The tobacco industry’s use of third parties to discredit its opponents is not new.57–60 For example, PM’s 1995 ‘Action Plan: Scientists’ said, ‘We must not only watch [scientists and researchers], we must react publicly. When appropriate, we must raise the issue of their credibility and their integrity. We must also become more proactive, utilizing credible third parties more effectively’.56 59 ECST employed this strategy to attack TRC’s credibility and pressure the government to not have TRC coordinate ENDS policy research for the government’s decision on whether to repeal the ban. ECST also used well-known doctors and researchers, including a former professor in medicine at Siriraj Medical School, Thailand’s oldest medical school, to boost its credibility and attack its opponents. TTCs’ reliance on renowned people and organisations had also occurred in Thailand a decade ago when PM established a connection with the Chulabhorn Research Institute, a WHO collaborating centre in environmental toxicology in Thailand to influence public perception about the risk of second-hand smoke.90 This tactic was also recommended by BAT’s Project Viking, which worked to counter pressure for smoke-free environments by ‘find[ing] a sympathetic doctor who can be demonstrated to take a largely independent stance [and advocate for the industry position]’.105

Non-health government agencies and ministries remain susceptible to the tobacco industry in Thailand. Only MOPH adopted an Article 5.3 code of conduct under TPCA.106 Non-health government agencies accepted ECST as a consumer group and held meetings to discuss ECST’s requests and allowed it to participate in formal and informal discussions. Actions taken by ECST and PMI to intervene in the ENDS ban could arguably violate TPCA section 35 and FCTC Article 5.3. Health authorities in the Thai government need to instruct these agencies to implement Article 5.3 just as they promptly responded to have the University of the Thai Chamber of Commerce and Rangsit University withdraw the funding from PMI when they received evidence from tobacco control advocates.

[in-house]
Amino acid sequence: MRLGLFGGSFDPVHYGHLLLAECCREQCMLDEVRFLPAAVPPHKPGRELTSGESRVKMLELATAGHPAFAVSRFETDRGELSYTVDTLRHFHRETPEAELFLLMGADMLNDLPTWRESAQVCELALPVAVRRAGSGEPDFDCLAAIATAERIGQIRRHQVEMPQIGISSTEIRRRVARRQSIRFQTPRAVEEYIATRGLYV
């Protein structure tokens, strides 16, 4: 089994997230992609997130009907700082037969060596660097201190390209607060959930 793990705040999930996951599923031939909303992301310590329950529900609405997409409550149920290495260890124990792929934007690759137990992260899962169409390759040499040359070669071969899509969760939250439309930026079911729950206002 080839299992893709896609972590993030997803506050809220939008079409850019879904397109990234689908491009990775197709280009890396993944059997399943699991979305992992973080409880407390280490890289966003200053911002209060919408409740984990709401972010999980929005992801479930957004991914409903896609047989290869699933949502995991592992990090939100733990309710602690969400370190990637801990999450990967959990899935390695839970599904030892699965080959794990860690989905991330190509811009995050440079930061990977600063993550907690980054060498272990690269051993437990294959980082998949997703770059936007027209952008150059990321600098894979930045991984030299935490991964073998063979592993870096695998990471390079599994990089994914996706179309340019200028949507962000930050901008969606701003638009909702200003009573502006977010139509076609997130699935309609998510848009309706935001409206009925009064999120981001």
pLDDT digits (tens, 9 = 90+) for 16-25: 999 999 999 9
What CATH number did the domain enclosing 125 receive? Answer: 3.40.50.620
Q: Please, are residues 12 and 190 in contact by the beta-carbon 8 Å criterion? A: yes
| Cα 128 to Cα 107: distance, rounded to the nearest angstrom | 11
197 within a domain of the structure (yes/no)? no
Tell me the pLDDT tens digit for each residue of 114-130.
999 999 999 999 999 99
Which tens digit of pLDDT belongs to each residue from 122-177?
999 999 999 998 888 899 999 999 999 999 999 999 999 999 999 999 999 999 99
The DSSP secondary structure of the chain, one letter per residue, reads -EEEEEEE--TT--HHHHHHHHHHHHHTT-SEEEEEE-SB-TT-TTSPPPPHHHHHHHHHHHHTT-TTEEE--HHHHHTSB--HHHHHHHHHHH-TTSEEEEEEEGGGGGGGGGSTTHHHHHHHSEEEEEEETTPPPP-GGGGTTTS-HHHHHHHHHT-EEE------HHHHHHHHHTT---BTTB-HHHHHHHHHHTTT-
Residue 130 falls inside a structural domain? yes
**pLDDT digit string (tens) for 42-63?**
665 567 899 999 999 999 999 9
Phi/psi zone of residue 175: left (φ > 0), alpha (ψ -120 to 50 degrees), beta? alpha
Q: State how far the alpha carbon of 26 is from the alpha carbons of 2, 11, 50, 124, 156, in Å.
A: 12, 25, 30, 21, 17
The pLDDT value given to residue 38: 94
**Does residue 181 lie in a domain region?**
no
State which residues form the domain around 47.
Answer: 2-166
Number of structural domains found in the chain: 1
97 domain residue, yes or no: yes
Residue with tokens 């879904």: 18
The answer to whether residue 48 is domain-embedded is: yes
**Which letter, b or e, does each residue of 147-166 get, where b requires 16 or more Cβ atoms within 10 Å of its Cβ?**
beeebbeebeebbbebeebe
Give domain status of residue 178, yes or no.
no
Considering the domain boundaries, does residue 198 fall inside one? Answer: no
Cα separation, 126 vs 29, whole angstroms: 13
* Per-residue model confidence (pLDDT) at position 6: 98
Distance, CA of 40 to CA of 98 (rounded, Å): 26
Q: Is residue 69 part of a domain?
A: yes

As of March 2020, 29 countries had banned the sale of liquid e-cigarettes, 6 banned the sale of nicotine-containing liquid e-cigarettes,107 and at least 7 countries banned the sale of HTPs.108 109 Although prior research indicates that countries with e-cigarette bans have lower prevalence of awareness, trial and current use than countries that allow marketing and sales of e-cigarettes,10 e-cigarette awareness is likely to increase, particularly among young people.110

India banned all types of e-cigarettes, including HTPs, in September 2019.108 Not surprisingly, pro-ENDS groups responded immediately. Plume Vapour and Woke Vapours, two e-cigarette importers, challenged the law before the Indian High Court.108 Samrat Chowdhery, Association of Vapers India and INNCO’s Vice President,33 argued that the law should exclude personal use.111 Because of the strong commitment to ban ENDS, Parliament approved the Prohibition of Electronic Cigarettes Act in December 2019.112

In July 2020, Australia tightened its ENDS regulation that previously allowed the product for personal use to ban import of all ENDS and nicotine-containing refills unless on prescription from a doctor.113 Pro-ENDS groups responded against the ban immediately with a ‘Legalise Vaping Australia’ campaign that made arguments similar to those in Thailand114 115 and the health minister postponed the ban for 6 months.116